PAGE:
Kemeri National Park

Winners of Kemeri National Park observation tower competition




Kemeri National Park in western Latvia was established in 1997 to protect 380 square kilometers of land that includes forests, lakes, natural mineral springs and marshlands. The Great Kemeri Bog is a popular destination within the park, where visitors come to walk along several kilometers of existing boardwalks, allowing them to discover the many unique aspects of this vast expanse of wetlands, its collection of wildlife, and its variety of plant species.

Kemeri National Park
Logo

Competition participants were asked to deliver design proposals for a buildable observation structure situated along the boardwalk system, that would allow visitors new ways to view and experience the Great Kemeri Bog. Each of the winning entries is deemed to be constructable, with the potential to become an important architectural landmark and to perform as a new observation point for the Great Kemari Bog. The high quality of the winning projects as well as the honorable mentions reflects the outstanding level of work submitted. Bee Breeders would like to thank all entrants for their participation.

1st Prize Winner – Funambulist Landscape by Ernesto Urquízar Quesada and María Cervantes Lardón (Spain)

Kemeri National Park
Image © Ernesto Urquízar Quesada and María Cervantes Lardón

Jury Commentary: The jury was impressed by the “funambulist landscape”, the title of this proposal. Three stories of light-structured ramps are hung within a clean timber grid.

Kemeri National Park
Image © Ernesto Urquízar Quesada and María Cervantes Lardón

A visitor walking up into this structure would experience a “new sequence of relationships” among the landscape, flora, and fauna. The result is a well-designed project that is integrated within the bog boardwalk. Its components could easily be prefabricated offsite.

Kemeri National Park
Image © Ernesto Urquízar Quesada and María Cervantes Lardón

Given the scale of the structure, the jury wonders if the project as shown could be constructed without the use of heavy equipment and suggests the exterior framework be segmented into smaller timber elements. T he project’s simple structure makes it easily adaptable and scalable. The submission drawings are beautifully executed and clear in their design intent.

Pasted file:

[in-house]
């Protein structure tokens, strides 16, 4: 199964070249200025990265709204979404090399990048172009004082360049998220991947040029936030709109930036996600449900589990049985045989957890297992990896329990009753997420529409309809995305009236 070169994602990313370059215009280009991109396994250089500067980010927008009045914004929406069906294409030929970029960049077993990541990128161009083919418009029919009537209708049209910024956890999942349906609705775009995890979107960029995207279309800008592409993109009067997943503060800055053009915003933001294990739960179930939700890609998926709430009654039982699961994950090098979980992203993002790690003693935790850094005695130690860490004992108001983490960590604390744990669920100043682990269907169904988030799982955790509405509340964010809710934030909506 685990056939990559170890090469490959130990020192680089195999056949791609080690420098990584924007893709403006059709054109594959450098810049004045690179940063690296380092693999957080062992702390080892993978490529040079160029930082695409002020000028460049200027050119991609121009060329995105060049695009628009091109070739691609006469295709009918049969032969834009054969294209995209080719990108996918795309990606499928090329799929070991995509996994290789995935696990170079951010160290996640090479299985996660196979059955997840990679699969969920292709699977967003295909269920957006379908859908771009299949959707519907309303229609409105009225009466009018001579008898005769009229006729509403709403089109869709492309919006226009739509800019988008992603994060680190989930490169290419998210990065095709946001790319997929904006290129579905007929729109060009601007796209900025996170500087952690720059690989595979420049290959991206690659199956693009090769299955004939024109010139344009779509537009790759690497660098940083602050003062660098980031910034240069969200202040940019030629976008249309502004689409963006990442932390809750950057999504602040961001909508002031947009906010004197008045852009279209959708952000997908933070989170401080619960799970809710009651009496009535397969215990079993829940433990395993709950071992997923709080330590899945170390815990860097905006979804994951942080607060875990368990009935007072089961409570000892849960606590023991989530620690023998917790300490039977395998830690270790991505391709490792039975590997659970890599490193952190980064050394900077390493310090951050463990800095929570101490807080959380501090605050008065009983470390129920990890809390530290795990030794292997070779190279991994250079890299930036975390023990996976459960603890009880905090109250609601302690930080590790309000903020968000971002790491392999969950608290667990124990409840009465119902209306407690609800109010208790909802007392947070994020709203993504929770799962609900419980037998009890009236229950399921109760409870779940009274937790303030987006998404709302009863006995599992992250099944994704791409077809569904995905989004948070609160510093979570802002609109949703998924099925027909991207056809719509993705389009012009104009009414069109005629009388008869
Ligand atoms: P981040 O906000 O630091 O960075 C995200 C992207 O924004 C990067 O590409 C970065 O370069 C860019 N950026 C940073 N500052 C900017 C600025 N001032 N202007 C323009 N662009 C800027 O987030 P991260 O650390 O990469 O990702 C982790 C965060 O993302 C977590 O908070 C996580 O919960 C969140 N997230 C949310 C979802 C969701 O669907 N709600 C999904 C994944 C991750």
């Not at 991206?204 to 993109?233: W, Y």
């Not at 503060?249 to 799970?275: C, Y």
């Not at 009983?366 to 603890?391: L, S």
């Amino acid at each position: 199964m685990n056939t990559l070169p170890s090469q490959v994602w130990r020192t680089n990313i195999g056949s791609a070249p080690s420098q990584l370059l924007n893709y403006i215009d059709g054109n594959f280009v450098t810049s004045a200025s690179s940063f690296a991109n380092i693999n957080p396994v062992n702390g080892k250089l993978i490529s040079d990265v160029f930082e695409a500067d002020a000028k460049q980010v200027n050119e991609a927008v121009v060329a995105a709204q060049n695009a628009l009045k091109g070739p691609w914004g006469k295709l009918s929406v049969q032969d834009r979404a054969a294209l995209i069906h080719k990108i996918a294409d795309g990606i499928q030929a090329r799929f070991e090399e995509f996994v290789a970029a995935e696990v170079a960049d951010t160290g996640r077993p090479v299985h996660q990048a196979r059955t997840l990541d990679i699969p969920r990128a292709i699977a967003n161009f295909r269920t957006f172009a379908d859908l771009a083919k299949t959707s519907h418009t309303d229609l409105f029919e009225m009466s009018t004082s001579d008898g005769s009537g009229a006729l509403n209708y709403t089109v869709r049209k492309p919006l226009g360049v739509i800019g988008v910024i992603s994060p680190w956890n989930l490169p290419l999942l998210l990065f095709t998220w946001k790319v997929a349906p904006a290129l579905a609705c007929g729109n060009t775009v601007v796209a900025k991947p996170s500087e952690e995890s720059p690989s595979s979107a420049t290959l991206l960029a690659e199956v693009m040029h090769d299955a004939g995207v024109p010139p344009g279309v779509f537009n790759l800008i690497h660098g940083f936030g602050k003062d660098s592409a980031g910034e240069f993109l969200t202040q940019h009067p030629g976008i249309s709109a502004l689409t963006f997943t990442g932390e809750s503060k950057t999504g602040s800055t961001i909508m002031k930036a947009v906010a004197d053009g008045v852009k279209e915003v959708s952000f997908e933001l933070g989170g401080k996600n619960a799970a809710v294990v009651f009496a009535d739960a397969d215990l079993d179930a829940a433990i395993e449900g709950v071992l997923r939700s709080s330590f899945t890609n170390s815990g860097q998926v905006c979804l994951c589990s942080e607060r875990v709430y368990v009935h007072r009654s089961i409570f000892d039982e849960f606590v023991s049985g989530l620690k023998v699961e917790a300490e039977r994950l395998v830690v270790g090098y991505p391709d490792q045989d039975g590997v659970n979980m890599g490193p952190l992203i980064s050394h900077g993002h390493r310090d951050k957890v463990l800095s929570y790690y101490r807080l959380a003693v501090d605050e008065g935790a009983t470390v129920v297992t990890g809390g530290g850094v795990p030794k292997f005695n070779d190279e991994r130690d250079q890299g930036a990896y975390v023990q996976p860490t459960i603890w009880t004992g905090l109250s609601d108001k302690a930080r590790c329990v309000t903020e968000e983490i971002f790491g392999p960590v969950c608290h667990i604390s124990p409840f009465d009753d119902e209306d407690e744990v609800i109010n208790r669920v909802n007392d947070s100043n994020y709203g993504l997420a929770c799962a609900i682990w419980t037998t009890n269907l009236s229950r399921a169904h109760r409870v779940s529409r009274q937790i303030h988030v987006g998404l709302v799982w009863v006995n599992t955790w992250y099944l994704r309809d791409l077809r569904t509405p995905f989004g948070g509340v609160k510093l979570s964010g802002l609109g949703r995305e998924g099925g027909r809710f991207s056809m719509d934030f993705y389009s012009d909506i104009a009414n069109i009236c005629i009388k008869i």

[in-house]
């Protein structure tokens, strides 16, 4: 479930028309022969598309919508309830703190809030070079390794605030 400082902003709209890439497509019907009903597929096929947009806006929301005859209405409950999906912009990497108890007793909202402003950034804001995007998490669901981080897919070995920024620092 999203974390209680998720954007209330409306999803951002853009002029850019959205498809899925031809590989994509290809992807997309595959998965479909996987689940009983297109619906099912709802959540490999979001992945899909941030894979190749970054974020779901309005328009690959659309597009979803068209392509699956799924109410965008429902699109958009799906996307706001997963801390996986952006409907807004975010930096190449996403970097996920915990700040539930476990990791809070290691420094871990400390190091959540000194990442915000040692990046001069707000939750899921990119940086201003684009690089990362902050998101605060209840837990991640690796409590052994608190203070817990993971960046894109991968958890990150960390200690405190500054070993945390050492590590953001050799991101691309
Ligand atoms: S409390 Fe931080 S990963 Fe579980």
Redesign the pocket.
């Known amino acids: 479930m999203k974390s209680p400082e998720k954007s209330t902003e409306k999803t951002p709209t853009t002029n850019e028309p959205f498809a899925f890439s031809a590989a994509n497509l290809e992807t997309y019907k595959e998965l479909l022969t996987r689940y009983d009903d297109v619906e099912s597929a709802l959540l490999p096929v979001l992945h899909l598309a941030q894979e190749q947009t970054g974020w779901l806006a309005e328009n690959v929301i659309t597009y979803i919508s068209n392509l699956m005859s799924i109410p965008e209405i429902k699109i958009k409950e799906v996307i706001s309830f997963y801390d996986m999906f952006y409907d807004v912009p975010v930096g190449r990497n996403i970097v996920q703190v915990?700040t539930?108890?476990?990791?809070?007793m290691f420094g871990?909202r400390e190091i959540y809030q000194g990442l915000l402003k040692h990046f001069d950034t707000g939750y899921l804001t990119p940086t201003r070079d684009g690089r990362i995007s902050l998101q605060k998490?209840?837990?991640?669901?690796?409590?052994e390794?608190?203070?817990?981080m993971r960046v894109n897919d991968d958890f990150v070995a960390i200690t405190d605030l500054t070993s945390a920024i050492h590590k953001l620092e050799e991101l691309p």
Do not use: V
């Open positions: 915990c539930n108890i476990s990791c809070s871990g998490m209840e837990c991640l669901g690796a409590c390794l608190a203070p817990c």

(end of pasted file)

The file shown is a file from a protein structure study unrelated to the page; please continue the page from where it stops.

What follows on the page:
2nd Prize Winner – Eye Tower by Nathira Haja (Malaysia)

Kemeri National Park
Image © Nathira Haja

Jury Commentary: The most formally striking submission presented in this competition, the ‘eye tower’ features a spherical timber structure that encloses a lengthy spiraling ramp, elevating visitors well above the bog boardwalk.

Kemeri National Park
Image © Nathira Haja

The large vertical members of the frame are completed at the apex with a series of smaller timber elements that act as a type of brise soleil, and help to give the structure a refined shape. The jury believes that, while the submission is likely not achievable on a budget of $50k, it could perhaps be scaled down for feasibility.

Kemeri National Park
Image © Nathira Haja

Additionally, the base foundation for such a structure would likely be significantly larger, bringing to question whether the project could be constructed without damaging the bog ecosystem? The jury commends the designer for providing such a bold gesture that would certainly become a landmark within the park.

3rd Prize Winner+Bb Student Award – Black Box by Hunor Albert Szántó and Fanni Zita Salamin (Hungary)

Kemeri National Park
Image © Hunor Albert Szántó and Fanni Zita Salamin

Jury Commentary: The project is characterized by a simple 2.8m-wide x 1.5m-long grid comprised of wooden structural members and clad in a shell of burned-wood planks.

Kemeri National Park
Image © Hunor Albert Szántó and Fanni Zita Salamin

The long-bar form of of the observation platform is integrated as part of the bog’s boardwalk. The submission includes a series of sectional images that describe a variation of viewing experiences defined by changing patterns of perforations in the shell’s walls and ceiling.

Kemeri National Park
Image © Hunor Albert Szántó and Fanni Zita Salamin

It compares the viewing experience to a moving filmstrip, and describes the platform as a black box defined as a “device, process or system whose inputs and outputs are known, but whose internal structure or working is not well, or at all understood because of it’s confidential nature.” The jury found this submission to be buildable and well-suited for its location.

The Accessible Tower Award – The Dark Hut by Angelo Ancarola, Antonio Mastria, Salvatore Possidente Del Monte, Luigi Simone (Italy)

Kemeri National Park
Image © Angelo Ancarola, Antonio Mastria, Salvatore Possidente Del Monte, Luigi Simone
Kemeri National Park
Image © Angelo Ancarola, Antonio Mastria, Salvatore Possidente Del Monte, Luigi Simone
Kemeri National Park
Image © Angelo Ancarola, Antonio Mastria, Salvatore Possidente Del Monte, Luigi Simone

Source and images Courtesy of Bee Breeders.

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